How Leaders Encourage Cooperation on a Team
Leader, do you want people to cooperate on the team you lead? Do you want people to get along, support one another, and join forces to achieve the vision?
Of course, you do. All leaders want their teams to cooperate. It builds stronger teams when people aren’t on islands to themselves.
How do great leaders encourage cooperation?
I can help you with one quick tip. Let people collaborate. It’s that easy – and powerful.
Collaboration leads to Cooperation
Cooperation rocks in organizational health!
-- Collective buy-in
-- A sense of ownership and empowerment
-- Less petty arguments
-- Lower resistance to change
-- More passion towards the vision
-- Shared workload
-- Fewer cases of burnout
What leader doesn’t appreciate those things?
When you are leading a team, the more you collaborate with your team, and let them collaborate with others – during the planning process and before the final decisions are made – the more cooperation you’ll receive from your team during the implementation process.
Let people participate in brainstorming. Give them a voice in the way things will be done. Allow them to ask questions and even offer pushback.
Of course, you can’t collaborate on every decision. One of the reasons you are leader is to make big picture, strategic decisions. You often have a vision others can’t immediately see until you lead them there.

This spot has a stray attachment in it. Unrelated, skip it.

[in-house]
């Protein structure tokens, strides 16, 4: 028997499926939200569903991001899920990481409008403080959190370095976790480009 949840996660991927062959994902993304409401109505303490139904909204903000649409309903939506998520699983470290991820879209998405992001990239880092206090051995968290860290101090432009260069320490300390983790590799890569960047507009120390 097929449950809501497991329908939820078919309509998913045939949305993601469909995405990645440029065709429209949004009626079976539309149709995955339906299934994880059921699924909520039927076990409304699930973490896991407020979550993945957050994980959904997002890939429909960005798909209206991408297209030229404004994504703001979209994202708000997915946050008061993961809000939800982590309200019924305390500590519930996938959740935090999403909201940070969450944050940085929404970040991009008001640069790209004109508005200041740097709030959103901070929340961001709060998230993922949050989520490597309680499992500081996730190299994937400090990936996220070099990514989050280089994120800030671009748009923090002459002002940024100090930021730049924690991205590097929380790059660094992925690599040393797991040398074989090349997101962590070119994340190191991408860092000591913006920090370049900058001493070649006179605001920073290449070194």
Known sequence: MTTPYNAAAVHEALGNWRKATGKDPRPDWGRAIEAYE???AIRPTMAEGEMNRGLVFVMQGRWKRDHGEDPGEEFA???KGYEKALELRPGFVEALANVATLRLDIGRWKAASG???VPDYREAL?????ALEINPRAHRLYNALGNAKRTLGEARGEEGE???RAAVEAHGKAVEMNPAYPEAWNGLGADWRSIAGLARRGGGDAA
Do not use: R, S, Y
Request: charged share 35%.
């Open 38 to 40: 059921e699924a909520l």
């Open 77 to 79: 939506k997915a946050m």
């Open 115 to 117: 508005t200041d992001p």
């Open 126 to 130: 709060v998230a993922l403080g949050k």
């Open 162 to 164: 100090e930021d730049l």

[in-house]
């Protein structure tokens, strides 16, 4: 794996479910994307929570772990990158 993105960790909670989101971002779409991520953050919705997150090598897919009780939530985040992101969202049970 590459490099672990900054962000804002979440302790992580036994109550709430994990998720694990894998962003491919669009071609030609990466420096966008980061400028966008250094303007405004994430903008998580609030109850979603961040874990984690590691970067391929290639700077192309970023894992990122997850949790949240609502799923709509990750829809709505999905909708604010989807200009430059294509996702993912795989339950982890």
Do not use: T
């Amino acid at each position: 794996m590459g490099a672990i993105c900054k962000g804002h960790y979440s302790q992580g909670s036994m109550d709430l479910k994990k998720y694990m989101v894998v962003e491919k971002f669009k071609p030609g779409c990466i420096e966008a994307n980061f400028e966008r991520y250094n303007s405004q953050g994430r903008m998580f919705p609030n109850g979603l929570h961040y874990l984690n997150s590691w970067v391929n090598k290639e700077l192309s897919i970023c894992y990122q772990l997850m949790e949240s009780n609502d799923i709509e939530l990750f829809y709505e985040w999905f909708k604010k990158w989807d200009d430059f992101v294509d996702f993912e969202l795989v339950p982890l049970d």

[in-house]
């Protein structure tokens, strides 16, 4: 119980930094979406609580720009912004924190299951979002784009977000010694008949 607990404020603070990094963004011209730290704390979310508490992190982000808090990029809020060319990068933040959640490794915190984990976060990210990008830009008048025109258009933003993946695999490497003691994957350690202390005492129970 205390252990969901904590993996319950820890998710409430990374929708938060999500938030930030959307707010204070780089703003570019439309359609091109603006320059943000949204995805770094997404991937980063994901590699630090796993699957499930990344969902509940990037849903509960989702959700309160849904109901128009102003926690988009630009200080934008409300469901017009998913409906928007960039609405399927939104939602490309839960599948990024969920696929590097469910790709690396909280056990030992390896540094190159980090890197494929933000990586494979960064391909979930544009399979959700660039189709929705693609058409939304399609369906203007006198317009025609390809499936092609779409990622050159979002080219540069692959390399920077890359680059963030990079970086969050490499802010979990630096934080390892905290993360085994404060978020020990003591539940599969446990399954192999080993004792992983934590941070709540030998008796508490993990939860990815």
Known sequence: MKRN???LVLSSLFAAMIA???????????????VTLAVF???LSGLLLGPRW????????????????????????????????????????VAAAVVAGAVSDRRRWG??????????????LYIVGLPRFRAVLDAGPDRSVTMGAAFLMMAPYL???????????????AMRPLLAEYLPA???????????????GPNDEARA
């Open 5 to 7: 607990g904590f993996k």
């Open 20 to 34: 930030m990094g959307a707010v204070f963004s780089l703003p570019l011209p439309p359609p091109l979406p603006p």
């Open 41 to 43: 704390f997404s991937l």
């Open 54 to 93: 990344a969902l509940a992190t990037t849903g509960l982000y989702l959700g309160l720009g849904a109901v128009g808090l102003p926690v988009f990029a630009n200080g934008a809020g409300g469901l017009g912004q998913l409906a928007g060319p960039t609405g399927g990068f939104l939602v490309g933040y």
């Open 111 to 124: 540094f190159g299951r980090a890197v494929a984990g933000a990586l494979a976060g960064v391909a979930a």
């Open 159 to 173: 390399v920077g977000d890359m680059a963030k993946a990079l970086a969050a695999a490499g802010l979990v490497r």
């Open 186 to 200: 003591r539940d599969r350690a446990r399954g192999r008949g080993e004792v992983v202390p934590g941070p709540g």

Whenever a decision, however, impacts other people, especially if it:
-- Impacts how they do their work.
-- Changes the basic nature of what they do.
-- Significantly impacts the future of the team or organization.
In those type situations, I suggest you allow collaboration, because it always brings better cooperation from the team. (By the way, in the church, this is true of paid staff or volunteers.)
In fact, the opposite can be equally true. A lack of collaboration naturally brings a lack of cooperation. People will resist the change. They will be less enthusiastic about the outcome. They will wait for instruction rather than take initiative on their own.
As leaders, we must learn to collaborate better – so our teams can learn to cooperate better.
How have you seen this principle work or the opposite effect occur in a team’s health? Help us learn from your experience.
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